Immunology. W.B. SaundersCompany, Philadelphia, pp. 188–203.
Ames, B.N., 1966. Methods in Enzymology. Academic Press, New
York, pp. 115–118.
Baron, C.B., Cunningham, M., Strauss III, J.F., Coburn, R.F., 1984.
Pharmacomechanical coupling in smooth muscle may involve
phosphatidylinositol metabolism. Proc. Natl. Acad. Sci. USA
Bligh, E.G., Dyer, W.J., 1959. A rapid method of total lipid extraction
and purification. Can. J. Med. Sci. 37, 911–917.
phosphatidylcholine drastically reduces the parasitaemia of sub-
sequent Plasmodium chabaudi chabaudi blood-stage infections.
Immunology 94, 35–40.
Caramelo, J.J., Florin-Christensen, J., Delfino, J.M., 2003. Phospho-
lipase activity on N-acyl phosphatidylethanolamines is critically
dependent on the N-acyl chain length. Biochem. J. 374, 109–115.
Christie, W.W., 1981. Lipid Metabolism in Ruminant Animals. Per-
gamon Press, Oxford, pp. 95–192.
modified RBC are specifically inhibited by a common membrane
phospholipid, phosphatidylcholine. Immunology 55 (2), 263–269.
Florin-Christensen, J., Florin-Christensen, M., Knudsen, J., Rasmus-
sen, L., 1985. Cytolytic activity released from Tetrahymena. J.
Protozool. 32, 657–660.
Florin-Christensen, J., Florin-Christensen, M., Rasmussen, L., Knud-
sen, J., 1986a. An acid phospholipase C from Tetrahymena culture
medium. Comp. Biochem. Physiol. 85B, 143–148.
Florin-Christensen, J., Florin-Christensen, M., Rasmussen, L., Knud-
sen, J., Hansen, H.O., 1986b. Phospholipase A1 and triacylgly-
cerol lipase: two novel enzymes from Tetrahymena culture
medium. Comp. Biochem. Physiol. 85B, 149–155.
Florin-Christensen, J., Florin-Christensen, M., Knudsen, J., Rasmus-
attack and defence system? TIBS 11, 354–355.
Florin-Christensen, J., Sua ´rez, C.E., Florin-Christensen, M., Wains-
zelbaum, M., Brown, W.C., McElwain, T.F., Palmer, G.H., 2001.
A unique phospholipid organization in bovine erythrocyte mem-
branes. Proc. Natl. Acad. Sci. USA 98, 7736–7741.
Florin-Christensen, M., Florin-Christensen, J., Tiedtke, A., Rasmus-
sen, L., 1989. New aspects of extracellular hydrolytic enzymes in
lower eukaryotes. Eur. J. Cell Biol. 48, 1–4.
Harfoot, C.G., Hazlewood, G.P., 1988. The Rumen Microbial Eco-
system. Elsevier Applied Science, pp. 285–322.
Holz, G.G., Conner, R.L., 1973. Biology of Tetrahymena. Hutchinson
& Ross Inc., Dowden, pp. 99–122.
Horiguchi, M., Kandatsu, M., 1959. Isolation of 2-aminoethane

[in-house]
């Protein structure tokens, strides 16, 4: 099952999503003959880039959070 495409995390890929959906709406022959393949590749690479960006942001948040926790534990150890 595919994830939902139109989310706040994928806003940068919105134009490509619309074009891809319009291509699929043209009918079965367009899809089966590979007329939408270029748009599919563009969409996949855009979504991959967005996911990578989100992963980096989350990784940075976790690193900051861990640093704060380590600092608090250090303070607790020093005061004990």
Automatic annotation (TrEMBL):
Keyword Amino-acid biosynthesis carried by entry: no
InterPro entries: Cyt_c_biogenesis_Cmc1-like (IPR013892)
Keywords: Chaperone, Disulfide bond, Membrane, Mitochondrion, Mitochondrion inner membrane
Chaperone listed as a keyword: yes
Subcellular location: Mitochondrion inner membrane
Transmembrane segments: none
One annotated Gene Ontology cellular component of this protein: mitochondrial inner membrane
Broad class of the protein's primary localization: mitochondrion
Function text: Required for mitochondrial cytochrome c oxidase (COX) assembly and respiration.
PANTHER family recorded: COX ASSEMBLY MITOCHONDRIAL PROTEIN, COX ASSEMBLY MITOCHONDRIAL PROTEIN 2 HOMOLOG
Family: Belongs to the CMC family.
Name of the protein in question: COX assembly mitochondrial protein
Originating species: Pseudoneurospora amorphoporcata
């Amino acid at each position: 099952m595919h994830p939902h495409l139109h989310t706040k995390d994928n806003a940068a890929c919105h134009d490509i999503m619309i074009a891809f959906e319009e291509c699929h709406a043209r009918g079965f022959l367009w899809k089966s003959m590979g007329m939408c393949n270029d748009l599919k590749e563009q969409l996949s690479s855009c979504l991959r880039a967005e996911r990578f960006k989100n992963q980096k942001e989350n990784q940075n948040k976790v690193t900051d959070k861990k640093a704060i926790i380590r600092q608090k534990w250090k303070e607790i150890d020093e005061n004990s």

phosphonic acid from rumen protozoa. Nature 184, 901–902.
Kapoulas, V.M., 1969. The chromatographic separation of phospho-
nolipids from their phospholipid analogs. Biochim. Biophys. Acta
Kennedy, K.E., Thompson Jr., G.A., 1970. Phosphonolipids: localiza-
Kittredge, J.S., Roberts, E.A., 1968. A carbon-phosphorus bond in
nature. Science 164, 37–42.
Matsumoto, M., Miwa, W., 1973. Study on the new phospholipid, N-
acyl-I-alkyl glycerophosphorylethanolamine, from bovine ery-
throcytes. Biochim. Biophys. Acta 296, 350–364.
Mercolino, T.J., Arnold, L.W., Hawkins, L.A., Haughton, G.J., 1988.
Normal mouse peritoneum contains a large population of Ly-1+
(CD5) B cells that recognize phosphatidylcholine. J. Exp. Med.
Ogimoto, K., Imai, S., 1981. Atlas of Rumen Microbiology. Japan
Scientific Societies Press, Tokyo.
Rosenthal, A.F., Pousada, M., 1968. Inhibition of phospholipase C by
phosphonate analogs of glycerophosphatides. Biochim. Biophys.
Acta 164, 226–237.
Schultz, D.R., 1997. Antiphospholipid antibodies: basic immunology
and assays. Semin. Arthritis Rheum. 26 (5), 724–739.
Sugi, T., McIntyre, J.A., 1995. Autoantibodies to phosphatidyletha-
nolamine (PE) recognize a kininogen-PE complex. Blood 86,
Sugi, T., McIntyre, J.A., 1996. Phosphatidylethanolamine induces
specific conformational changes in the kininogens recognizable
by antiphosphatidylethanolamine antibodies. Thromb. Haemosta-
sis 76, 354–360.
Tamari, M., Kametaka, M., 1980. Agric. Biol. Chem. 44, 1957–1959.
Wicher, K., Wicher, V., 1991. In: Harris, E.N., Exner, T., Hughes,
G.R.V., Asherson, R.A. (Eds.), Phospholipid-Binding Antibodies.
CRC Press, Boston, pp. 97–105.
Zwaal, R.F.A., Roelofsen, B., Comfurius, P., Van Deenen, L.L.M.,
as detected by the action of various purified phospholipases.
Biochim. Biophys. Acta 406, 83–96.
G. Gimenez et al./Veterinary Immunology and Immunopathology 119 (2007) 171–179 179